Tuesday, July 22, 2014

Lessons Learned at #tenqueries

Over the past four years, I've found a healthy, thriving community of writers on Twitter. In fact, it's a great place to find other authors - published or not - to share ideas with (and maybe some frustrations).  There are also a lot of contests and writing challenges. And to make Twitter even more appealing, there are agents, editors, and publishers tweeting advice, helps, and tips. You might even trip over the wish list of an agent or twenty at #mswl (manuscript wish list).

One of my favorite places to play is #tenqueries (followed closely by #askagent).

So, what is #tenqueries?

It's a peek inside the brain of an agent as they go through their inbox. It's an opportunity to see what agents are looking for, to learn the things that are likely to earn your query a 'no', and to see that moment when everything clicks for a 'request'.

But lately I've seen a negative response by writers to the #tenqueries hashtag.  While I understand that there is a lot of rejection in the timeline, I don't necessarily view that as a bad thing. This, my friends, is the reality of trying to be published.  Although we may be burning with a deep need to write, the publishing world is a business, and we need to understand the business.

#tenqueries has taught me a lot. Instead of seeing a pattern of rejection, I see a pattern of mistakes that writers (myself included) make.

I'd like to share some important truths I've learned by watching the #tenqueries feed.

  • Research agents before you query. There are countless passes in the feed with the explanation of 'I don't rep that genre'. That is an immediate 'no'. And really, do you want an agent who doesn't have a passion for the genre you write? I want an agent who gets it, who loves the genre, and who will be a fantastic representative of my work.
  • Personalize your query based on your research.  I can't tell you how many times I've seen the 'dear agent' get a pass.  Studying an agent's website will give you a feel for their personality and likes. Choose agents who will represent your work well, and let them know you would like to work with them specifically.  This means spending time on each and every query, but it's time well spent.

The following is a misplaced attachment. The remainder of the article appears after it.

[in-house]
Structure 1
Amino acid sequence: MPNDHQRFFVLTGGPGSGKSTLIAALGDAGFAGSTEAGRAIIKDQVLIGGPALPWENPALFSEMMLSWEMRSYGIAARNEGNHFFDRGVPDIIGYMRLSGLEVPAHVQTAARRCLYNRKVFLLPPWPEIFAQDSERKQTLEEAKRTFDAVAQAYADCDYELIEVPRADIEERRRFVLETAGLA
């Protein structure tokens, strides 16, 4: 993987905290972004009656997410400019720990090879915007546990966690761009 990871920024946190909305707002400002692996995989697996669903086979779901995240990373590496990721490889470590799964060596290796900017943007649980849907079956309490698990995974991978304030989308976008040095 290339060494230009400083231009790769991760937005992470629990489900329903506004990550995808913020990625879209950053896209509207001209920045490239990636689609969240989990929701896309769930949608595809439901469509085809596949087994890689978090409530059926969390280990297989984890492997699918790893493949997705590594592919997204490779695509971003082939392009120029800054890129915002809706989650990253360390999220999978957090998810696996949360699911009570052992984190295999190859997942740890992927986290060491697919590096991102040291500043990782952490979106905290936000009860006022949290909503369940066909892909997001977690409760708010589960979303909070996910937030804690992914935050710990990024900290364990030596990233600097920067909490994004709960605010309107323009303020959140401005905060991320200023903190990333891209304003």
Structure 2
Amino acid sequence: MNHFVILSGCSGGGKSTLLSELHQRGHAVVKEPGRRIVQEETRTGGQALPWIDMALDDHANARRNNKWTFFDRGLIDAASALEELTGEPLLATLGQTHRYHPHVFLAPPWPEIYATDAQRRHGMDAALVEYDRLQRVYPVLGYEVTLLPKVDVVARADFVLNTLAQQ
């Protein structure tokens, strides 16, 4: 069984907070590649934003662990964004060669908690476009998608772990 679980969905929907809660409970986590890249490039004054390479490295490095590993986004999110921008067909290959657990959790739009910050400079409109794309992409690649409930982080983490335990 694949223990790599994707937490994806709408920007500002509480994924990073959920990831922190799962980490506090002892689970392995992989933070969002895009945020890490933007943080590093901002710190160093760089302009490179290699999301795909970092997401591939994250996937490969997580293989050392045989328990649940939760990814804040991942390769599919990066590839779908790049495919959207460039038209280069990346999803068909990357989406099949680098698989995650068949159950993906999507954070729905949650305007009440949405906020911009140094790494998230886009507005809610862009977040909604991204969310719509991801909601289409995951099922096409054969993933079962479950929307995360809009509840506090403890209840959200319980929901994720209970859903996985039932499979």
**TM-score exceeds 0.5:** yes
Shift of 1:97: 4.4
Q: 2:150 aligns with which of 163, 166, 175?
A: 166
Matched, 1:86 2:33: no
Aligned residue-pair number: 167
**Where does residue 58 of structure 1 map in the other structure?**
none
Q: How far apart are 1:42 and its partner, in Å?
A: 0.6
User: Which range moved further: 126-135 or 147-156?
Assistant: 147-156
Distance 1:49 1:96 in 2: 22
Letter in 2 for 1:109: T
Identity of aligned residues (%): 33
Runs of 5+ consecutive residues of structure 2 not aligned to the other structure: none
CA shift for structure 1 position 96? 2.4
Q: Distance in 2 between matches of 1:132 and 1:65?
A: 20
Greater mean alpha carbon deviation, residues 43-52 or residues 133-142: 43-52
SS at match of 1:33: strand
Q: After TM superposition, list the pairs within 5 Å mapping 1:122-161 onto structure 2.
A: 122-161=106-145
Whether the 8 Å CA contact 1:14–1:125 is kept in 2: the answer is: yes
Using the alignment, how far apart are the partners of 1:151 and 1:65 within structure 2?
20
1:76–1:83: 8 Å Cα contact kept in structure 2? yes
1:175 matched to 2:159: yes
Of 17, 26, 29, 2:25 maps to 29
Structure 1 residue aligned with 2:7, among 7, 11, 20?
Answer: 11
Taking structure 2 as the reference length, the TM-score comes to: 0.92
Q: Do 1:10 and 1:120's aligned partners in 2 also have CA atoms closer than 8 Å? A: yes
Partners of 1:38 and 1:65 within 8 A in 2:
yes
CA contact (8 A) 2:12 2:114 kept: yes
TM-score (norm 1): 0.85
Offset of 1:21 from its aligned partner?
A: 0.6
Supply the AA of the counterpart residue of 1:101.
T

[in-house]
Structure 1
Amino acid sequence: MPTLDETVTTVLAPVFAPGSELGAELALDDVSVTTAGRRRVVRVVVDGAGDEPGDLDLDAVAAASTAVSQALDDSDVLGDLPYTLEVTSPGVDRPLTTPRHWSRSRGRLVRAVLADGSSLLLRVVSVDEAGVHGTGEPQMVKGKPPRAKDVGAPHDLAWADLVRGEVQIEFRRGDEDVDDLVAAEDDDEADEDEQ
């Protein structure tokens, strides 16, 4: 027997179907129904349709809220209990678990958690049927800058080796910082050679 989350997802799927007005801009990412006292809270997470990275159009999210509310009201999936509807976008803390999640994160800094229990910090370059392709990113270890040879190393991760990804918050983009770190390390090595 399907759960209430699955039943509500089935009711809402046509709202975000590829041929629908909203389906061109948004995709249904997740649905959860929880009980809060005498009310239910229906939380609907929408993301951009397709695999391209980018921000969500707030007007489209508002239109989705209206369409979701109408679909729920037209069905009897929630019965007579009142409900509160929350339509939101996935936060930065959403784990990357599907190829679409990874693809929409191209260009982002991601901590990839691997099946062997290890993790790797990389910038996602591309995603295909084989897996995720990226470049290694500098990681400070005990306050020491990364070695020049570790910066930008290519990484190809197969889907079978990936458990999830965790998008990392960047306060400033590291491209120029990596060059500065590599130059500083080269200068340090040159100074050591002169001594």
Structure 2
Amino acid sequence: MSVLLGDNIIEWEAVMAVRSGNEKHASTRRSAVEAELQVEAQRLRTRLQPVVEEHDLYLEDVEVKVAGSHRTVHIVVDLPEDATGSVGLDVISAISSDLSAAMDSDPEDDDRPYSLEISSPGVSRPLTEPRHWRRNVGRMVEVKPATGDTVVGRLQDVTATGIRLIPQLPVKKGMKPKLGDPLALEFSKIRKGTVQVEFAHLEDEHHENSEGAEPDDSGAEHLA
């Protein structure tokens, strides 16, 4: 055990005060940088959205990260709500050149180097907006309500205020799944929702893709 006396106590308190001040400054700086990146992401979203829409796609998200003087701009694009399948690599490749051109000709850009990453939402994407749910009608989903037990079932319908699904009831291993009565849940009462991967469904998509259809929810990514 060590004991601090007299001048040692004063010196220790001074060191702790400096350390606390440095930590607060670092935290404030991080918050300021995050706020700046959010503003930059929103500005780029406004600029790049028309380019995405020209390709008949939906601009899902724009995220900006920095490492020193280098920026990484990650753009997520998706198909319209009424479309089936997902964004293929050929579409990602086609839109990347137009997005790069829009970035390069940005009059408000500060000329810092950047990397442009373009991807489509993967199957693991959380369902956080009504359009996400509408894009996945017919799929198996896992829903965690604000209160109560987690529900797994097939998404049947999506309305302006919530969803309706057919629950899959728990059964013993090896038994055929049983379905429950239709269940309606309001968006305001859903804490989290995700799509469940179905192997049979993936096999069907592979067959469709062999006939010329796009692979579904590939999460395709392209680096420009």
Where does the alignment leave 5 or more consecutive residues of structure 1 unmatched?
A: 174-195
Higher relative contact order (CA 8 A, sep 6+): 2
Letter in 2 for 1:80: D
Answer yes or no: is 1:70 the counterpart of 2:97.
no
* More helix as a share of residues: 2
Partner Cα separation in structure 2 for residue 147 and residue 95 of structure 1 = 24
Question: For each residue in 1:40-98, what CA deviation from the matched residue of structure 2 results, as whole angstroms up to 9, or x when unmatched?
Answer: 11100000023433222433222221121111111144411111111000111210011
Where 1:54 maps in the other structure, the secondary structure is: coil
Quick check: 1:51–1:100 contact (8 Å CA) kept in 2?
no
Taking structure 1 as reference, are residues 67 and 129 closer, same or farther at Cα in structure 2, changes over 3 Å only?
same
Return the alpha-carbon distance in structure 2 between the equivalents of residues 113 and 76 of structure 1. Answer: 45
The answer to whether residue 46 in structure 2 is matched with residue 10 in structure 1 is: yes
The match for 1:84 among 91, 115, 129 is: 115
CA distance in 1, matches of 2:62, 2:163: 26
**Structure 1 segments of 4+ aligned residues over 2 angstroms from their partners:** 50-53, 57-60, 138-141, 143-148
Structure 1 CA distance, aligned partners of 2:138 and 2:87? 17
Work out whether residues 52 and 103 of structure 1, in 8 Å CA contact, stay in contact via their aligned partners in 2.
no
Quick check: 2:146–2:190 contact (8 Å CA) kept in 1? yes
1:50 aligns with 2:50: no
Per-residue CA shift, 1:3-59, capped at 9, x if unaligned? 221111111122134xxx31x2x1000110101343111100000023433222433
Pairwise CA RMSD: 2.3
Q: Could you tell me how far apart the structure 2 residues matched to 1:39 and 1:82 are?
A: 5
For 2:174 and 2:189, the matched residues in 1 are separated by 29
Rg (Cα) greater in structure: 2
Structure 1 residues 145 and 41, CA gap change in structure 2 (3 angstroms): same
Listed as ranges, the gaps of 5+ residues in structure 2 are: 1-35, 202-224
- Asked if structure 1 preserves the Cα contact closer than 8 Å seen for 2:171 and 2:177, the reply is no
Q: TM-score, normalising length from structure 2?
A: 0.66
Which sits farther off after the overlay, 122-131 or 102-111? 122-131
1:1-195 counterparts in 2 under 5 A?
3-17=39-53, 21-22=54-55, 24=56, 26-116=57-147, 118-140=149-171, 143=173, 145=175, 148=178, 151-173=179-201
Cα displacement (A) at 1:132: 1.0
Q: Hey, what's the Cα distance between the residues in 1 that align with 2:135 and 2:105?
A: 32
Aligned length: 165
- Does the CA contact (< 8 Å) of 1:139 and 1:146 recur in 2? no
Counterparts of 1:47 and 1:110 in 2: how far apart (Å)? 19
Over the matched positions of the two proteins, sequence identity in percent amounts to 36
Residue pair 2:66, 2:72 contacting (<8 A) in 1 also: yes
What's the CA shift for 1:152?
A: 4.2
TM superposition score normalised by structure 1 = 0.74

• Follow the submission guidelines.  Every agent has them on their website. Most agents won't open attachments (can't blame them). Some want a synopsis, some don't. Some ask for one chapter, others want five pages.  Give 'em what they ask for - usually pasted into the body of an email.  Your words won't make it past the 'no' filter if you don't follow the guidelines.
  • Study the publishing world. It's important that you have a good idea of how long a manuscript should be. This varies depending on the genre - for example, adult novels will typically be longer than young adult novels. It won't hurt if you have read a lot of books in the genre you write, either.
  • Edit, edit, edit, edit.  Messy grammar, punctuation, etc. usually results in a quick trip to the pass lane.  Your writing can't shine if the agent is distracted by mistakes. Who knows, you might be lucky enough to spark interest regardless, but do you want to chance it?
  • Find critique partners you can trust to be honest.  This means sharing your work with another person, and a yes-man isn't going to benefit you. Agents can't be worried about hurting your feelings - they are in this business to publish books.  If your crit partner can't constructively criticize your words to help you improve, they aren't helping you.  
  • Don't give up. If this means reworking a novel, starting a new novel, or researching other agents to query, do it! Learn from your mistakes and move forward. You will never succeed if you quit.
And now that I've made my list (OCD person here), I can get back to writing. I've shelved my last project and moved on to something new and better.  I'm excited to apply this knowledge to the query process.

My goal? To find an agent who is a great fit, and who will have deep belief in my project.

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